|How much do they get paid?||byker|
May 26, 2003 9:40 AM
|How much money, on average, does a team domestique make?|
|re: How much do they get paid?||climbo|
May 26, 2003 10:03 AM
|anywhere from $0 to $100,000 depending on who you are, where you ride, what country, which team, how good you are. Nobody knows the average but from reports and info in general Euro pro domestiques are usually making an average salary like any normal job. i.e. about $US 30,000 or so, not much.|
|re: How much do they get paid?||campyfan|
May 26, 2003 7:23 PM
|Yeah, but I'd sure take $30K/year to ride my bike all the time. Hell, I ride now without getting paid!!|
May 26, 2003 7:53 PM
|These are rough times in professional cycling. There are a lot of riders who are just thankful to have a contract for the season.
Get ready for a shock though, starting salaries are barely above the poverty level.
Here are the official salaries negotiated by the pro riders' association CPA and the association of professional teams AIGCP. (Figures from Radsportnews.com - a Euro is worth slightly more than a Dollar right now.)
For the 2003 seasons, neopros earn at least 15,000 Euros. After 2004 the minimum salary will be 20,000 Euros.
For all other riders, the minimum is 18,000 Euros (23,000 Euros after 2004).
I, for one, simply can't believe that riders can stay motivated to ride with such miserable compensation. I suppose it's the "hoop dream" phenomenon -- everyone is hoping that after they've paid their dues and scored some wins that the cash will start rolling in.
|What is often considered a middle class sport in the US,||djg|
May 27, 2003 6:34 AM
|has traditionally been considered a blue collar sport in Europe. So apart from love of the sport, the attraction is often (a) some hope of being a super-domestique (higher salary), if not a star and, probably more significant, (b) a limited range of alternatives. There are not that many euro domestiques who attended a day of university, much less punted medical school to ride (a la Vaughters?).|
|15k isn't even blue collar, you'd earn more on welfare...||BergMann|
May 27, 2003 8:01 AM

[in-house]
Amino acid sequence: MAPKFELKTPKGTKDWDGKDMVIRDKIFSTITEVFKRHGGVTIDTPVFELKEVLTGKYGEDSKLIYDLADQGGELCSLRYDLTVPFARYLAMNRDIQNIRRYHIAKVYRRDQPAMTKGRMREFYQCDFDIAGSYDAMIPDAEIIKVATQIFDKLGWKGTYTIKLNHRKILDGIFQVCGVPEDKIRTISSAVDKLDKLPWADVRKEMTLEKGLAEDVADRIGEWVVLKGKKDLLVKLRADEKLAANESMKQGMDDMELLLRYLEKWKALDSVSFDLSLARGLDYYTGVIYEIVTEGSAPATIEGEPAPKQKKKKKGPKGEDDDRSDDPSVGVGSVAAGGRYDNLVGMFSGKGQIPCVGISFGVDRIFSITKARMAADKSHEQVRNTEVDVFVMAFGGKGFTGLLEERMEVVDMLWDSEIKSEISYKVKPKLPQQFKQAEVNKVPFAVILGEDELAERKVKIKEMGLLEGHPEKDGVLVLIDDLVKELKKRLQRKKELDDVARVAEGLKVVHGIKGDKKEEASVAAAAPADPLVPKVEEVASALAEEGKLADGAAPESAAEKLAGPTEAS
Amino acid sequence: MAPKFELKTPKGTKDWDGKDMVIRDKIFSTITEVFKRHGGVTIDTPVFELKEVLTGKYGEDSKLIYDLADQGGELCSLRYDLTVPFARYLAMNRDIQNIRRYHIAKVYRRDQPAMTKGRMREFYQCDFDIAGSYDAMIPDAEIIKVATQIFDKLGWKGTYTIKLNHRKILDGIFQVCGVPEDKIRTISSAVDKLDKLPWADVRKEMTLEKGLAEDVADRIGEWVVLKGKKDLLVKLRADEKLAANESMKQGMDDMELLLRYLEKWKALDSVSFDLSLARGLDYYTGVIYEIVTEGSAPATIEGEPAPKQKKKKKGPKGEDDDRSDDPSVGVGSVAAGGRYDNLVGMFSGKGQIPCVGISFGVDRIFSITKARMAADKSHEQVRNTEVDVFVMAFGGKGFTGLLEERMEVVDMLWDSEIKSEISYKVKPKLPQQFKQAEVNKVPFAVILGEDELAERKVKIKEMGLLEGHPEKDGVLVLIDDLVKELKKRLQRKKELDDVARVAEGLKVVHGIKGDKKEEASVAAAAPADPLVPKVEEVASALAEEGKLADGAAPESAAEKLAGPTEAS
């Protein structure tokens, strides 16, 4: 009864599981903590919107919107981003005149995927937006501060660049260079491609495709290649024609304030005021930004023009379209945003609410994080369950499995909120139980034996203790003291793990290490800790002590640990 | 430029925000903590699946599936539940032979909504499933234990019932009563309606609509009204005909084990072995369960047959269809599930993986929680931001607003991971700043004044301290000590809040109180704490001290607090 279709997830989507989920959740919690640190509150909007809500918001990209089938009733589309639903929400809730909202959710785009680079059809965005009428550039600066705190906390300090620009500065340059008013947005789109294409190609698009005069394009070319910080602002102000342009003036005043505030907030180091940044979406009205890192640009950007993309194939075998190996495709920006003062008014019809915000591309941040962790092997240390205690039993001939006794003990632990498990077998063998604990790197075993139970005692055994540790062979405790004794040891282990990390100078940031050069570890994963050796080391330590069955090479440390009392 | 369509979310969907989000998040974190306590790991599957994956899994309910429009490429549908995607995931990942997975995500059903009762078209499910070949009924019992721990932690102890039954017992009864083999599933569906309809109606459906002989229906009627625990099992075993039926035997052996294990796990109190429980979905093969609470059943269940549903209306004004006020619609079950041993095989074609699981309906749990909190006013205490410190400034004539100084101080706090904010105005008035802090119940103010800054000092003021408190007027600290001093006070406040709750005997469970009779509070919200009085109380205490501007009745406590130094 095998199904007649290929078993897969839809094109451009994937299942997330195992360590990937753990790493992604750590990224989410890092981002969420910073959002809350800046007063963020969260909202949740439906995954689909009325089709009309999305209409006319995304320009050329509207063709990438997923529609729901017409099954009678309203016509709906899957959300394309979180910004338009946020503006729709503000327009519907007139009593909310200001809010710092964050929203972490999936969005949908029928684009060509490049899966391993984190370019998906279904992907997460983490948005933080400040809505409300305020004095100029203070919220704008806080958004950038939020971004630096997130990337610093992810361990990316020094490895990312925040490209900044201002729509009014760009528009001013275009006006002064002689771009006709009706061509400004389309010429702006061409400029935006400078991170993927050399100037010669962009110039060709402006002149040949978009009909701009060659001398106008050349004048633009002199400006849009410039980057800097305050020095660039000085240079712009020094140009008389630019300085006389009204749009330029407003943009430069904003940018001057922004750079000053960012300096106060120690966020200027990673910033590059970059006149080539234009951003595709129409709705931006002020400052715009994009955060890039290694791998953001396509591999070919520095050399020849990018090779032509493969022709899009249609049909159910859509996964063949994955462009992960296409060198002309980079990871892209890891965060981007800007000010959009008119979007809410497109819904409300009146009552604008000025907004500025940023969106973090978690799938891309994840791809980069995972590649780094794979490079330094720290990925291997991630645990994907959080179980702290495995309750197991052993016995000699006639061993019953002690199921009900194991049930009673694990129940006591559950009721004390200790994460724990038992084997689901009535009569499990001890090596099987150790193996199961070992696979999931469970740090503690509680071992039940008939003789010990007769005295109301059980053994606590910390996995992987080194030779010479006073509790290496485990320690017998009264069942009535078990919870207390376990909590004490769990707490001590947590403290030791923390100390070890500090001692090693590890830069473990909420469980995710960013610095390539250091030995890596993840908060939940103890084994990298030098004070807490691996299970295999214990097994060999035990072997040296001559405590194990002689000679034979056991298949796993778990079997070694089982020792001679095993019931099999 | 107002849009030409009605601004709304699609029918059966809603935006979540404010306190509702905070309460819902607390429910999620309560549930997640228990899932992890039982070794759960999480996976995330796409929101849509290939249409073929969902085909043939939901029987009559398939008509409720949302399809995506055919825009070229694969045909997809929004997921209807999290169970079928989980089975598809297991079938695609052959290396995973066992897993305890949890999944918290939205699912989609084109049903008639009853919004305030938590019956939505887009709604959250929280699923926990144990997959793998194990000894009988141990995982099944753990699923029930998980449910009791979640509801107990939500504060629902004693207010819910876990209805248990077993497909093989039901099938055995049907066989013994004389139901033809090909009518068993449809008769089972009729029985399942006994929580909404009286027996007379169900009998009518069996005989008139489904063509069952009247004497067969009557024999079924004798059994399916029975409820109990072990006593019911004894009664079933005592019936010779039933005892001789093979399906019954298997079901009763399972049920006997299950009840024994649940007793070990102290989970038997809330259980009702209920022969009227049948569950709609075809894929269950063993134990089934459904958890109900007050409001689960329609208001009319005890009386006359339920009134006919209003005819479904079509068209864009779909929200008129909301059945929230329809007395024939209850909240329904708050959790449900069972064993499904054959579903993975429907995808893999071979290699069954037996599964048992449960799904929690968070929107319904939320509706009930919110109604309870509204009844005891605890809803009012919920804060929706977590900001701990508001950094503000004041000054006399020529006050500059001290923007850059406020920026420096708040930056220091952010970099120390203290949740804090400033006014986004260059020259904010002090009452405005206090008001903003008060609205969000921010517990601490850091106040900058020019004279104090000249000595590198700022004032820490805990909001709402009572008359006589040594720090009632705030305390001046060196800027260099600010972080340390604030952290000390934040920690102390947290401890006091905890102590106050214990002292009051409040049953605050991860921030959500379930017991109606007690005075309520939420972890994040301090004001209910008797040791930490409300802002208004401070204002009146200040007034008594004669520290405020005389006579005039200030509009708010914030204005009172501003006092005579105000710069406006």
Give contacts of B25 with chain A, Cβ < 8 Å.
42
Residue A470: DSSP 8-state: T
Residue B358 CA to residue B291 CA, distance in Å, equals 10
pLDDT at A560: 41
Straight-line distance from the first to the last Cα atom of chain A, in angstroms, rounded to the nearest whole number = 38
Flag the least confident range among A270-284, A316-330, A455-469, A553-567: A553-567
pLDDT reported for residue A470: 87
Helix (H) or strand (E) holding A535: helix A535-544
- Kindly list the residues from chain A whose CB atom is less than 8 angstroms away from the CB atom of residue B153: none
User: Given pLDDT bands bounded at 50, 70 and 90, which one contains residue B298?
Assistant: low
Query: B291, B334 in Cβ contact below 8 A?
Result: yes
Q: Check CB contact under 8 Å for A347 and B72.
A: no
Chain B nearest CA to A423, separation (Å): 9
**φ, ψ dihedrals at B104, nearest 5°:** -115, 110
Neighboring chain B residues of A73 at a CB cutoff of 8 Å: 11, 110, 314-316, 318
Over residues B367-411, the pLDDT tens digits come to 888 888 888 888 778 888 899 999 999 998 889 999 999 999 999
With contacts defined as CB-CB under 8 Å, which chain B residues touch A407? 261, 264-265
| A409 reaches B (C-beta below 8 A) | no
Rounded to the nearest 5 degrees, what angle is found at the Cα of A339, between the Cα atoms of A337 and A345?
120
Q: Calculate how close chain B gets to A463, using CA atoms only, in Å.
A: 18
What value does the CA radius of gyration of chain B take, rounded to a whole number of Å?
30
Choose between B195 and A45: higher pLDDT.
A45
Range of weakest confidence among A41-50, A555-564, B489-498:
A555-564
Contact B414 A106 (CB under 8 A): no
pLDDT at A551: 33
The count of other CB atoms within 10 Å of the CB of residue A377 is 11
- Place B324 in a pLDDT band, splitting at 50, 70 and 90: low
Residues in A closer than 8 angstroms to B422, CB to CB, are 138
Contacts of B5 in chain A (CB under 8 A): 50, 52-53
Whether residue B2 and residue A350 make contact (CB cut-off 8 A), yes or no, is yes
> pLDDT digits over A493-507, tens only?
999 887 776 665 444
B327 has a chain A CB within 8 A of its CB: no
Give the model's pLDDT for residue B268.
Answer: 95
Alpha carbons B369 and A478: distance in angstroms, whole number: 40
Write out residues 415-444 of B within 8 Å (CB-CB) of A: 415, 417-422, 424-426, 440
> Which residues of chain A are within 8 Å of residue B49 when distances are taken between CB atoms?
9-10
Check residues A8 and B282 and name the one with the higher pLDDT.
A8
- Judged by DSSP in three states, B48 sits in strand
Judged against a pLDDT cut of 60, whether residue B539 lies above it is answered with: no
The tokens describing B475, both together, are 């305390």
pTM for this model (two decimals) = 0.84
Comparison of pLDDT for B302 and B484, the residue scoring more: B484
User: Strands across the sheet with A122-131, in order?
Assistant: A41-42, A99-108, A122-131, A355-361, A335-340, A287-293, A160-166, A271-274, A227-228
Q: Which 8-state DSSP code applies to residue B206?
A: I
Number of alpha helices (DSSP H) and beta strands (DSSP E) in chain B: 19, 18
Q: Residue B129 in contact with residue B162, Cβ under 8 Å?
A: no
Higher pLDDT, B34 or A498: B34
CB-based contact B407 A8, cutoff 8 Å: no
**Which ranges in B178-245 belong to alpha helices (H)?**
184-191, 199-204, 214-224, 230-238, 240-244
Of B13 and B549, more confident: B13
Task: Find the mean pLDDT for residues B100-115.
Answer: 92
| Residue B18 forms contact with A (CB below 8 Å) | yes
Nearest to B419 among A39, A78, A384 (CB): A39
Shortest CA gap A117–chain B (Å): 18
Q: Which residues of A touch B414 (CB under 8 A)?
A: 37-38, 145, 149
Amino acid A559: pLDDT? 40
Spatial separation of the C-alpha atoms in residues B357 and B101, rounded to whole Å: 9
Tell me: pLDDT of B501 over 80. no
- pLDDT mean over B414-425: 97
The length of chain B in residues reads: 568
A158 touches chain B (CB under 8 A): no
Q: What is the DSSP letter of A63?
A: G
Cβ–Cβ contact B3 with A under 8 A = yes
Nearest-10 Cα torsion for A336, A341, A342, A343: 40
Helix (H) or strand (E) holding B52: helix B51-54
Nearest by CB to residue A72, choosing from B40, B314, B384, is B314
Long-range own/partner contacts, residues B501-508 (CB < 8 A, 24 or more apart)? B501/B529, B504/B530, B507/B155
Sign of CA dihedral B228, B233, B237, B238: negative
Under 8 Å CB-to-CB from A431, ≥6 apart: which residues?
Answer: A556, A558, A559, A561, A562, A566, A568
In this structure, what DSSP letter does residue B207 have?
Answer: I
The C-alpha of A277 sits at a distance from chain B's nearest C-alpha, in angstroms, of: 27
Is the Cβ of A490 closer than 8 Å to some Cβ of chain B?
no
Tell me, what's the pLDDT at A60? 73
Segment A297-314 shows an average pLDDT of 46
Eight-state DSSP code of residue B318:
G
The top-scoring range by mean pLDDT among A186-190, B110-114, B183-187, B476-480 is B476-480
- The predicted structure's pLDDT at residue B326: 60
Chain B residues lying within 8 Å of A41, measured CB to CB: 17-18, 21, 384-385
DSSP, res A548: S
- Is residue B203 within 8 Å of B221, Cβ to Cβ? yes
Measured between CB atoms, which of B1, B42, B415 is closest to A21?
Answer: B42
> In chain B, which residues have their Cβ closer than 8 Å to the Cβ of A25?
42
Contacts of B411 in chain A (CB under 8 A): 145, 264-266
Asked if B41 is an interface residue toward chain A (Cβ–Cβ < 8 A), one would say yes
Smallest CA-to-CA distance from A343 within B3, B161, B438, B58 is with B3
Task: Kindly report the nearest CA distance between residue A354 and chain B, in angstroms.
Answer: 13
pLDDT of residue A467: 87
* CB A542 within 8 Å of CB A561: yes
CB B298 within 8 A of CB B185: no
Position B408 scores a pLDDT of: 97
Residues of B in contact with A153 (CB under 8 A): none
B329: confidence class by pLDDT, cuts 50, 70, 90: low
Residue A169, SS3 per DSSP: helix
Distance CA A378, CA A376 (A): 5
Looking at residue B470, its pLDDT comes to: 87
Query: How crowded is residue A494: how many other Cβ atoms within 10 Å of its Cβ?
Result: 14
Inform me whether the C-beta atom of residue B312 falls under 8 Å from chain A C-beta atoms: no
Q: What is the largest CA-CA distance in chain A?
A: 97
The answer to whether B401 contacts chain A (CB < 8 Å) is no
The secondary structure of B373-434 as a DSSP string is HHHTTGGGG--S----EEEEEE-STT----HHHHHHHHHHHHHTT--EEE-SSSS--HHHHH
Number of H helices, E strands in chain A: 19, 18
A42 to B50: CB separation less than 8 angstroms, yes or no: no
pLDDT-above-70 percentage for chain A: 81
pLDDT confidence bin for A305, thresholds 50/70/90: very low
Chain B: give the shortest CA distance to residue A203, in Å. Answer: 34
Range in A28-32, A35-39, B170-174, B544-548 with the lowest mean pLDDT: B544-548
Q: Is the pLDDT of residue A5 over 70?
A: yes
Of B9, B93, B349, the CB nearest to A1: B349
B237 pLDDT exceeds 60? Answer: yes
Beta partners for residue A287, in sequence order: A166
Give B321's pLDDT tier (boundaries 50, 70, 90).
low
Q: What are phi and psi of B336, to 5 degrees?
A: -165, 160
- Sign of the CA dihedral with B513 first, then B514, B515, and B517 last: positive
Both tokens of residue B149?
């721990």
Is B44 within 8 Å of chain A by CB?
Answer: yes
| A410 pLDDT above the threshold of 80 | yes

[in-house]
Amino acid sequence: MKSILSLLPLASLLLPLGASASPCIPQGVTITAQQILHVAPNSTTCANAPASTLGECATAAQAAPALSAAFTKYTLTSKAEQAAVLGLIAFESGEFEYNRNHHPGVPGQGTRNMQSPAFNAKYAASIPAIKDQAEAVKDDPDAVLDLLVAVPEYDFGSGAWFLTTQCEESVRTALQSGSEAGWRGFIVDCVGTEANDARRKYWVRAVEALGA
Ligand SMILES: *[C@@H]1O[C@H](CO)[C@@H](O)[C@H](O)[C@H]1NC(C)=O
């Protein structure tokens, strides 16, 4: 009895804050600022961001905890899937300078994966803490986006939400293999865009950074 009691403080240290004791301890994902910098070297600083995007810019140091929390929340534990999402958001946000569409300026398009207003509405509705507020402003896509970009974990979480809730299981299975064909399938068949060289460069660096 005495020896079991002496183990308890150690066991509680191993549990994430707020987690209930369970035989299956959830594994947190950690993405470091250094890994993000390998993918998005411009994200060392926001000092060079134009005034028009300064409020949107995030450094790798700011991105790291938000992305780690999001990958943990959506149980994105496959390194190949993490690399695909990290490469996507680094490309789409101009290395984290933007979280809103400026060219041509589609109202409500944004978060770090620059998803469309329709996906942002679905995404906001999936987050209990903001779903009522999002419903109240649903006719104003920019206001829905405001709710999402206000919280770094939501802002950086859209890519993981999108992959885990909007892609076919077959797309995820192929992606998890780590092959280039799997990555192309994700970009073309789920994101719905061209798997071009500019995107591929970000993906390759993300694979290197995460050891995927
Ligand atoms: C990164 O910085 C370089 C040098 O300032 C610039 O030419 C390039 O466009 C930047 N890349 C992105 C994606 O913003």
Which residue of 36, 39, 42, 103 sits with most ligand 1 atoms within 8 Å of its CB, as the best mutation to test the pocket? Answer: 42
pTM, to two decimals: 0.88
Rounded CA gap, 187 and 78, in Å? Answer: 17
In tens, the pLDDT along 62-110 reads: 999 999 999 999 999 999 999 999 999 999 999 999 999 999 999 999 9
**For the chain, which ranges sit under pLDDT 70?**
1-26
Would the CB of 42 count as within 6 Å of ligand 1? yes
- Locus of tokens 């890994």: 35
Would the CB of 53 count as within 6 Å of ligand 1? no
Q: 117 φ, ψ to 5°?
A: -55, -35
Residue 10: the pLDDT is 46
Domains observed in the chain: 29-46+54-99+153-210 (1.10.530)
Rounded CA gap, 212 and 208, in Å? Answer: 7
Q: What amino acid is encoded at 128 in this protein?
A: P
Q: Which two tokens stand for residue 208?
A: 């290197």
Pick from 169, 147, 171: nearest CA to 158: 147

|The European work force, particularly it's service industry and blue-collar workers, is trained primarily at trade-schools, not universities.
Although enrollments are steadily increasing, most continental universities don't offer an equivalent of a bachelor's degree, so they are much more like going to grad. school than attending an American undergrad institution.
Granted that there are provincial parts of Portugal or Italy where a rock-bottom standard of living combined with the relative social prestige of being a professional cyclist would make a 15k neo-pro contract attractive to a young rider, but in the wealthier welfare states of the north like Holland, Belgium, & Germany you can easily "earn" more than 15k by going on the dole, not to mention to trade school.
|Yeah, I'd like to get...||Dwayne Barry|
May 27, 2003 2:53 AM
|paid to just ride my bike as well, but being a pro racer is not "just riding a bike" especially if you're at the bottom of the pro pecking order!
Try making peanuts to suffer like a dog and more often than not with nothing to show for it. My friend just got done driving the medical car at the Tour of Georgia. Good stories about division III "pros" (who I don't think often even get paid) riding in their own feces all day because they have diarrhea. Think about that the next time you think pros get paid to just ride their bikes.
May 27, 2003 9:16 AM
Drop to the back of the pack to get 6 water bottles and food for your teammates two or three times during a 100mile race averaging over 30mph?
Go off to cover a break that you know will fail because your team director sent you even though you are ill or injured?
Drop way back to pace your team's #1 guy back to the pack after a mechanical only to see him dropped on the next climb?
Give up on a potentially successful break because you are "not supposed to win?"
None of those things seem worth $30k/year to me. I have nothing but admiration and respect for all those guys.